It was going to be a grand occasion. The Hartwell family had sent out the invitations a week previous; the select one hundred on the guest list had been expectant of an evening which would amaze and enthrall. These were the elite of the high society town of Cherford in the south of late nineteenth-century England. They flocked the upper floors of the Finch and Linnet store - the only place to purchase that season's styles á la mode - which was reserved for persons of their denomination, desperate to find the most exquisite and decorous ensemble. Each lady planned on being surpassed by nobody other than the reason for the celebration herself, as it would be most inconsiderate to overshadow her on the eve of her debut into their world of upper-class glitter and luxury.

The girl in question, Miss Amelie Eva Hartwell, was currently being tweaked and tugged to perfection in the dressing room adjacent to her bedroom on the third floor of the Hartwell Mansion, where the party of that evening was being hosted.

Downstairs the finishing touches were being made in the ballroom, dining room, and sitting room (or the ''recieving'' room, as it was commonly used for guests who visited the family on ordinary days), where the main event was to take place. For the past three days the large house had been full of rushing servants, frantic cooks, dressmakers and caterers and flower arrangers and every kind of assistant imaginable as the household prepared for what would surely be the most important event of her young life.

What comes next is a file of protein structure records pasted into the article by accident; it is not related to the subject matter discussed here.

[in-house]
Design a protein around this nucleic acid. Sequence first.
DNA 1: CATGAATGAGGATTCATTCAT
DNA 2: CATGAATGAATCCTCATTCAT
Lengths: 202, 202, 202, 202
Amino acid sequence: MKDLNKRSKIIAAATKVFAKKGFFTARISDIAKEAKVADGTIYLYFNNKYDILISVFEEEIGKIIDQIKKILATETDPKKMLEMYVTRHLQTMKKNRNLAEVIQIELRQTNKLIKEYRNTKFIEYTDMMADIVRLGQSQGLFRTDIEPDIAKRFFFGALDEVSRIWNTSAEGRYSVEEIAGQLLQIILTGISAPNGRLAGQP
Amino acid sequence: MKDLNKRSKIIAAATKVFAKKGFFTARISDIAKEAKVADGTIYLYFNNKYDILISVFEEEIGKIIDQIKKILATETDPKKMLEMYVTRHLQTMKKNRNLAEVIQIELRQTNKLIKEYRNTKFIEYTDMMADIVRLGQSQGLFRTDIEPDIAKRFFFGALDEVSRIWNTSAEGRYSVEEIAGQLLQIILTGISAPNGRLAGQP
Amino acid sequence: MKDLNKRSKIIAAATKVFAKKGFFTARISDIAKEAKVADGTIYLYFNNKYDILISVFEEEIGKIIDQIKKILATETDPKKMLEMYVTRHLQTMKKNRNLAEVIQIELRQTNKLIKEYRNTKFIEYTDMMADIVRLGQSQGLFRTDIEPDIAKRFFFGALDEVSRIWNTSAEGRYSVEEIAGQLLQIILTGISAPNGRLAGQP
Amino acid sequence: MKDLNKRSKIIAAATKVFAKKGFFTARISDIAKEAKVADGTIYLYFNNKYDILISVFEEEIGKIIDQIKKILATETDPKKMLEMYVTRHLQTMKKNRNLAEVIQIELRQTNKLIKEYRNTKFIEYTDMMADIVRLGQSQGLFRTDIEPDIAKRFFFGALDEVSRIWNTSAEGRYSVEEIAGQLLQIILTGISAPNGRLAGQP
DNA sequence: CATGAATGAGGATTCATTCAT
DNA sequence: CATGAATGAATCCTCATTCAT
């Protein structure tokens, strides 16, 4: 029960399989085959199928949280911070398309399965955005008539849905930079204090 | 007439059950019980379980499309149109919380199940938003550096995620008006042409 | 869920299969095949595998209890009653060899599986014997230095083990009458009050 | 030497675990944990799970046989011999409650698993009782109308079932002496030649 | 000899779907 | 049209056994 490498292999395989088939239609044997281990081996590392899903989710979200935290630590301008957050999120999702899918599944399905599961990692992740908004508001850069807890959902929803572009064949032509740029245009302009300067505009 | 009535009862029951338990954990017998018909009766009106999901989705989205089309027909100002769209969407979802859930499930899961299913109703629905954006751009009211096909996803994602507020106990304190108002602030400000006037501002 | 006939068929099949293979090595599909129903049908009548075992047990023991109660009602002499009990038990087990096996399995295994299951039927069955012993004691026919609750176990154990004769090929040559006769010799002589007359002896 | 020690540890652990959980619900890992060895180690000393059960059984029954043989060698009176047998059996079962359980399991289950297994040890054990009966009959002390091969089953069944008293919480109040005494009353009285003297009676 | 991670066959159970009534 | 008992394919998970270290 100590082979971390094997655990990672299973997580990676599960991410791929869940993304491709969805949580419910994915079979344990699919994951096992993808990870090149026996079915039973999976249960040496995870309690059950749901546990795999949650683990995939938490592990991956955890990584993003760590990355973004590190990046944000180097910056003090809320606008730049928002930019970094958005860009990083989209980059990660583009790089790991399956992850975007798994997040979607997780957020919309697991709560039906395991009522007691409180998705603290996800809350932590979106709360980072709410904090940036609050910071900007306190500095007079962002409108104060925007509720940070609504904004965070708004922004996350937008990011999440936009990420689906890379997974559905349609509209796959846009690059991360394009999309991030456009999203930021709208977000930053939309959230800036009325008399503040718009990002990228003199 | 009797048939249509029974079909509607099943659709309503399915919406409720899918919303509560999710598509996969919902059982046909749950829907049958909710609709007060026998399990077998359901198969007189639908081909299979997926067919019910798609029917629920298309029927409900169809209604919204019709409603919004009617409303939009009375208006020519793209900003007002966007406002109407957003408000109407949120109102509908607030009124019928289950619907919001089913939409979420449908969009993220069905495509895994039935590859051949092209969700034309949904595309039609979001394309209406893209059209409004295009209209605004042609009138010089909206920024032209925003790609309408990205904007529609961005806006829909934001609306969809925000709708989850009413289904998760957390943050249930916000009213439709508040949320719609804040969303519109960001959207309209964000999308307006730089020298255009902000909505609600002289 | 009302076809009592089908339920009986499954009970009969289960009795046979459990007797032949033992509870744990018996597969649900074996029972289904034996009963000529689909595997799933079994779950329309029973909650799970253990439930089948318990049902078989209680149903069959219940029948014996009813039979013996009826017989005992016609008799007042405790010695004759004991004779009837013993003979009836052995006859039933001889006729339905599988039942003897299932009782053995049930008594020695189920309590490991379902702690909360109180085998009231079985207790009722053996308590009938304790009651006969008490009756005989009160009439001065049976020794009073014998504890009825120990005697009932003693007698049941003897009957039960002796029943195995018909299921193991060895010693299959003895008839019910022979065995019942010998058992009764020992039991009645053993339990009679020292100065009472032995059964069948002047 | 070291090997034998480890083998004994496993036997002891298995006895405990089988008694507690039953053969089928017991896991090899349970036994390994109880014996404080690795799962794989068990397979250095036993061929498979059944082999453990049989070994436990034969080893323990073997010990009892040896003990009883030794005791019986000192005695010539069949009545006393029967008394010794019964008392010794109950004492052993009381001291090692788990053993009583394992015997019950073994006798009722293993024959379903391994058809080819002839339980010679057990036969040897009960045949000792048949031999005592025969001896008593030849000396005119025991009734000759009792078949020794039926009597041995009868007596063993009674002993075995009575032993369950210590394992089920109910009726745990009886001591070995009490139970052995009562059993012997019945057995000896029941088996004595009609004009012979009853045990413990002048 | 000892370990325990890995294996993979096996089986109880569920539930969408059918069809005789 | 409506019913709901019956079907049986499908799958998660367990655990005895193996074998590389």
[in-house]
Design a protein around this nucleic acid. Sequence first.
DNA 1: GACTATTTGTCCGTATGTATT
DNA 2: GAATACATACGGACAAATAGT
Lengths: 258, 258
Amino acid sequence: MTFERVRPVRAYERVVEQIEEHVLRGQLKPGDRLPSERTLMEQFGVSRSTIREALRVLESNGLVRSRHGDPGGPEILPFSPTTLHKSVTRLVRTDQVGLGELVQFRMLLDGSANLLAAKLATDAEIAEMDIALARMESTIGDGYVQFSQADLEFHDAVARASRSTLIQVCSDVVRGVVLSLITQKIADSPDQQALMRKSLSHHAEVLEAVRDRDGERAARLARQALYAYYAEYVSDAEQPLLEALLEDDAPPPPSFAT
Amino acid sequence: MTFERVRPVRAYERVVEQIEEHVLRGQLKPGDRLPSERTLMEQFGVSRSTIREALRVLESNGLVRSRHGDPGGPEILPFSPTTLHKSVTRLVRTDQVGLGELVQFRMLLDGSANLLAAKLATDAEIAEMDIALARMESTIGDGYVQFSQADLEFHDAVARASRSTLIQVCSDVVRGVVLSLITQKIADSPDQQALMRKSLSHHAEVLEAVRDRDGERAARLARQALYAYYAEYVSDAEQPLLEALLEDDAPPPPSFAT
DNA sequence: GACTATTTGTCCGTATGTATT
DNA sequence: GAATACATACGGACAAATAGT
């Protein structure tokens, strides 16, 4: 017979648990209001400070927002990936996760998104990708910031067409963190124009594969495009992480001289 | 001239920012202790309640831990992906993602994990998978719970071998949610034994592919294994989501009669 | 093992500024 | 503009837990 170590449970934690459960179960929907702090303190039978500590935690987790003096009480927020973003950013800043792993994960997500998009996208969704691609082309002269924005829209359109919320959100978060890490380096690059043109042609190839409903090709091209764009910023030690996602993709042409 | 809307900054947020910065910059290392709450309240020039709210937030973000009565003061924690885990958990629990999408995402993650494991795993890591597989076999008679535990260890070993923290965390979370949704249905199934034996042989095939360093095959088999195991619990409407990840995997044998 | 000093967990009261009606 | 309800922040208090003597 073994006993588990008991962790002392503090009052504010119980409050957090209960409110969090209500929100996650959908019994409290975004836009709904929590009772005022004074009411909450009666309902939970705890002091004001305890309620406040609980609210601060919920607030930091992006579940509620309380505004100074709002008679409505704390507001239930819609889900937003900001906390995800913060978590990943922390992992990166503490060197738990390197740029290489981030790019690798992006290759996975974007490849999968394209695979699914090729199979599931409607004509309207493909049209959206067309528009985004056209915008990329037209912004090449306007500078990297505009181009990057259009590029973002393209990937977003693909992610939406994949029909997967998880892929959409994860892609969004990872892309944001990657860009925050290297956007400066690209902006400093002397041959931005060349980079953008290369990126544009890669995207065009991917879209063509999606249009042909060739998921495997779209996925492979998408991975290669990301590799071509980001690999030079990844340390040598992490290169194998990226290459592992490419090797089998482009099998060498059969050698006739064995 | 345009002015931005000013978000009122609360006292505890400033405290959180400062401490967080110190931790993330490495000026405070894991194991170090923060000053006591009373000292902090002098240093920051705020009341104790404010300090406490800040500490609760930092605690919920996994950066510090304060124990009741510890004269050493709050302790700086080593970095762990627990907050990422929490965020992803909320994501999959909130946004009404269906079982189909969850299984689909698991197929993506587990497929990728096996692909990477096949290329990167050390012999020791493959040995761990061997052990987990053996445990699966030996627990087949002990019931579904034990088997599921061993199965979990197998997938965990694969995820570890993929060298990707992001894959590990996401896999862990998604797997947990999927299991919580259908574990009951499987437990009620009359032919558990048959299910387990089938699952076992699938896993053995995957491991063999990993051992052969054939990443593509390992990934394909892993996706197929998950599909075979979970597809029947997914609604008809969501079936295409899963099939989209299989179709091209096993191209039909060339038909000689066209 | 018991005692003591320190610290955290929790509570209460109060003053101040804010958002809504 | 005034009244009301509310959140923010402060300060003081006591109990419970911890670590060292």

Obediently Amelie stood as still as she was able as her maid pulled her corset tight enough to cinch her waist a few inches and give her a more alluring figure. The dress that had been custom-made for her was waiting on a hanger on the mirrored dressing screen, the outside of which was covered by black embroidered Chinese silk. Her maid helped her into it carefully, so as not to tear the delicate white lace which decorated the inside of the hem and the wrap that went with it, which was also dotted with small pearls to match the comb that had been tucked into her hair. It was sleeveless and ruched, displaying her smooth white shoulders and her long elegant neck, as her golden hair was piled on top of her head with a few curls loose to frame her heart-shaped face, held in place by the silver comb. It was an amaranthine shade which went well with her pale complexion.

"There, Miss," the maid said brightly. There was a different one every week, and Amelie couldn't remember this girl's name. She had a beaming face and a blunt black fringe under her white cap. "You look beautiful, if I may say so."

"Thankyou," she murmured in reply, picking up the front of her flowing skirts so as not to trip or tear them as she walked.

At that moment the family butler knocked upon the door and entered as the maid shouted a feeble, "Come in!"

"Stunning, as always, my dear," he said briskly. He was a tall thin man with a balding head of brown hair and cool grey eyes by the name of Brant, and had been with the Hartwells for as long as Amelie could remember. "The guests are arriving. Before you make your entrance, your parents wish to speak with you in the first floor parlour."

"Of course," Amelie replied, unable to stop her smooth forehead creasing in puzzlement. Her parents should be downstairs greeting the guests as they entered their home. Whatever they needed to discuss must have been important. She dismissed the maid and took Brant's arm; he walked her down the polished mahogany stairs and closed the door behind her as she stepped into the parlour where Mr and Mrs Hartwell were waiting.

The End

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